FC St. Pauli is putting a stop to player advisors at its youth training center (NLZ). As the second division soccer team announced on Tuesday, the club is ending its collaboration with consultants and agencies for underage players.
The club would like to position itself “against the capitalization of youth football”. The Süddeutsche Zeitung first reported. In the future, St. Pauli will only hold commitment and contract discussions for underage talents with the player or his or her immediate environment.
“This is not a decision against advisors in football in general,” said NLZ director Benjamin Liedtke, “but rather it is about putting the focus in youth football on the personal environment of the players, not on agencies and the market.” In addition, the club does not want to allow any “external, commercial individual training in the NLZ”.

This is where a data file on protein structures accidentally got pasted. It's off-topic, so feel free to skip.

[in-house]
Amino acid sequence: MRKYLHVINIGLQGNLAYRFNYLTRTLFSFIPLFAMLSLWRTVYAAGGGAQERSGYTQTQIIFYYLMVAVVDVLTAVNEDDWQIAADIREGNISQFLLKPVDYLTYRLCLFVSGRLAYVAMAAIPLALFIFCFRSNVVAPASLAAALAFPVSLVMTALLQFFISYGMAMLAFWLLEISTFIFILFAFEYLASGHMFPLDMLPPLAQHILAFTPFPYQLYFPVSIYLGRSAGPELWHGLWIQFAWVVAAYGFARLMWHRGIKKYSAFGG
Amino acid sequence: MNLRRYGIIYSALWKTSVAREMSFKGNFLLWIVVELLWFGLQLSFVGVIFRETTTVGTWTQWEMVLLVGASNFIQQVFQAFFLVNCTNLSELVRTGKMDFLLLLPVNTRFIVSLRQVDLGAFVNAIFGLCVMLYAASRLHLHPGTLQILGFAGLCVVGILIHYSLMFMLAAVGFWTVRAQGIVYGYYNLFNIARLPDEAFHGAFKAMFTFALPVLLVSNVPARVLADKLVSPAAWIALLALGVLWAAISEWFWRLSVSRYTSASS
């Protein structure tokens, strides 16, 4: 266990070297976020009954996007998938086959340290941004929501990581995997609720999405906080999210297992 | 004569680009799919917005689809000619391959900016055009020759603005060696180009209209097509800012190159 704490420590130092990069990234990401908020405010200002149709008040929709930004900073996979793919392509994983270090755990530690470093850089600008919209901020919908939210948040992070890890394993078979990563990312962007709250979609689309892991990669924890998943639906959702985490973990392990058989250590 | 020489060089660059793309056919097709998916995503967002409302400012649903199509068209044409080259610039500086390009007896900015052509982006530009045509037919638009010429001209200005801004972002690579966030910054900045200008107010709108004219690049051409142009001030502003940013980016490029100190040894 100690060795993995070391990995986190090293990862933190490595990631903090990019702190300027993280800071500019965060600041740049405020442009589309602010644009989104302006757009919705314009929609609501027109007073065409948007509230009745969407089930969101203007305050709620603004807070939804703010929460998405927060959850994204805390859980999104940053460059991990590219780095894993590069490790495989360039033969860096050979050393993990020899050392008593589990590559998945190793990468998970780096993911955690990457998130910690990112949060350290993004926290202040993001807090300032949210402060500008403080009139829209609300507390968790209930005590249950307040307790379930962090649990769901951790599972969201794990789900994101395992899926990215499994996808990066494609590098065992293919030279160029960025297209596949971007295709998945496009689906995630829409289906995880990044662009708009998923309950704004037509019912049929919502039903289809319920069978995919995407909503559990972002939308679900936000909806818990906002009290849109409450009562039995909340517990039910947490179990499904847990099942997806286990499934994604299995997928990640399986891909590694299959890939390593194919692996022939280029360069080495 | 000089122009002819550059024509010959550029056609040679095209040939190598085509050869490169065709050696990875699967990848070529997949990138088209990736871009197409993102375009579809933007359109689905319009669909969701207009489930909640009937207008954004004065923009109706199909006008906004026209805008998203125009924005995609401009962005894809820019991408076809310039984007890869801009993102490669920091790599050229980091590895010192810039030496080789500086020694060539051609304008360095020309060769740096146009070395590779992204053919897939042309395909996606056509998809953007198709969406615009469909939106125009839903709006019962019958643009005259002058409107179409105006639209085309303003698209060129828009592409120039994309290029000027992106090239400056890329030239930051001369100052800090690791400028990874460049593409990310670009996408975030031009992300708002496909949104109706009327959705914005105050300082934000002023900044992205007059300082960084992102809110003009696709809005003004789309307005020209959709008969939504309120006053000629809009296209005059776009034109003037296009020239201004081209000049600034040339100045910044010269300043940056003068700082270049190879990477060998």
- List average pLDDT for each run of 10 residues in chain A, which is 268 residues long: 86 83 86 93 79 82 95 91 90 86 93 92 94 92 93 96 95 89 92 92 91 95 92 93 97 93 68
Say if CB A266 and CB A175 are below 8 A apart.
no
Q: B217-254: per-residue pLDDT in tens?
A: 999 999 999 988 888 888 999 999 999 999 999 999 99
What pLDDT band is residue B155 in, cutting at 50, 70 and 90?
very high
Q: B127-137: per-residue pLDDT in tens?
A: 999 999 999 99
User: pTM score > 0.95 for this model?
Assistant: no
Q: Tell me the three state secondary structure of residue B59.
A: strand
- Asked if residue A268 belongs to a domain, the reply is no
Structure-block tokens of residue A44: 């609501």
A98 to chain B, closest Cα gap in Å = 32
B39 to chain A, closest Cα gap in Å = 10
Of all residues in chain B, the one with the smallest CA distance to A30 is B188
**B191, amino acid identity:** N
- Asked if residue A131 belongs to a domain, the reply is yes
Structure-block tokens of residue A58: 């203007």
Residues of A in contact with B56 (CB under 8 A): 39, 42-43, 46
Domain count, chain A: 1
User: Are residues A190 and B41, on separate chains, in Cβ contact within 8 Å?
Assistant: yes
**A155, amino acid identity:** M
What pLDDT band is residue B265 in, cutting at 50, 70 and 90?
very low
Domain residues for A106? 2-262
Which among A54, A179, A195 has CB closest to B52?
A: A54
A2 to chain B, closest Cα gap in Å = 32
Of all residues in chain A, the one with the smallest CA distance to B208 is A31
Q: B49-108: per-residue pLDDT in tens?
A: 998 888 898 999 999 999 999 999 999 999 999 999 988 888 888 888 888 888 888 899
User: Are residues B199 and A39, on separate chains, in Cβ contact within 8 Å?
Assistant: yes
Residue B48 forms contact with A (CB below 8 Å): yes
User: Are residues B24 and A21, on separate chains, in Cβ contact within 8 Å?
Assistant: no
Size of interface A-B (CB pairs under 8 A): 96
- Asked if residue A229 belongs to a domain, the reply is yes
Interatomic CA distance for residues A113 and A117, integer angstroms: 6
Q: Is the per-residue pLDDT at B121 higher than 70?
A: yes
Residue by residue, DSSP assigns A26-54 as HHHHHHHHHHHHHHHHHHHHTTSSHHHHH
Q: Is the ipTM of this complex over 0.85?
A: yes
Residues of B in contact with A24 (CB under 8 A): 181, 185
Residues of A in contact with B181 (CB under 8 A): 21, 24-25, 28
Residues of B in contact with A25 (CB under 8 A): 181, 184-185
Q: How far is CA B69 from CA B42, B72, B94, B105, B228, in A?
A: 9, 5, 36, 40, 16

Bornemann: “Hope that others will follow our example”
“The topic is being discussed critically in all football committees, and most clubs have also recognized the problem,” said St. Pauli sports director Andreas Bornemann to the “SZ”: “We want to take the first step now and hope that others will follow our example .”
Competition on the talent market is fierce. Even in their teens, advisors are the rule rather than the exception for young footballers. The managers are only allowed to earn money on transfer fees and salaries when the aspiring footballers are of age, but some fees are paid beforehand. And the clubs also recruit the best talent from each other, sometimes with a lot of money.
Is another youth football possible?
St. Pauli, which could hardly keep up with the competition anyway, no longer wants to take part. The neighborhood club is pursuing a concept in the youth sector called “Rebellution – a different youth football is possible”. According to the club, this also includes a “comprehensive educational concept” to support the players holistically. “We work with them to develop the skills to be able to compete in competitive sports,” says Liedtke.
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Sports field | Oct 1, 2023 | 6:00 p.m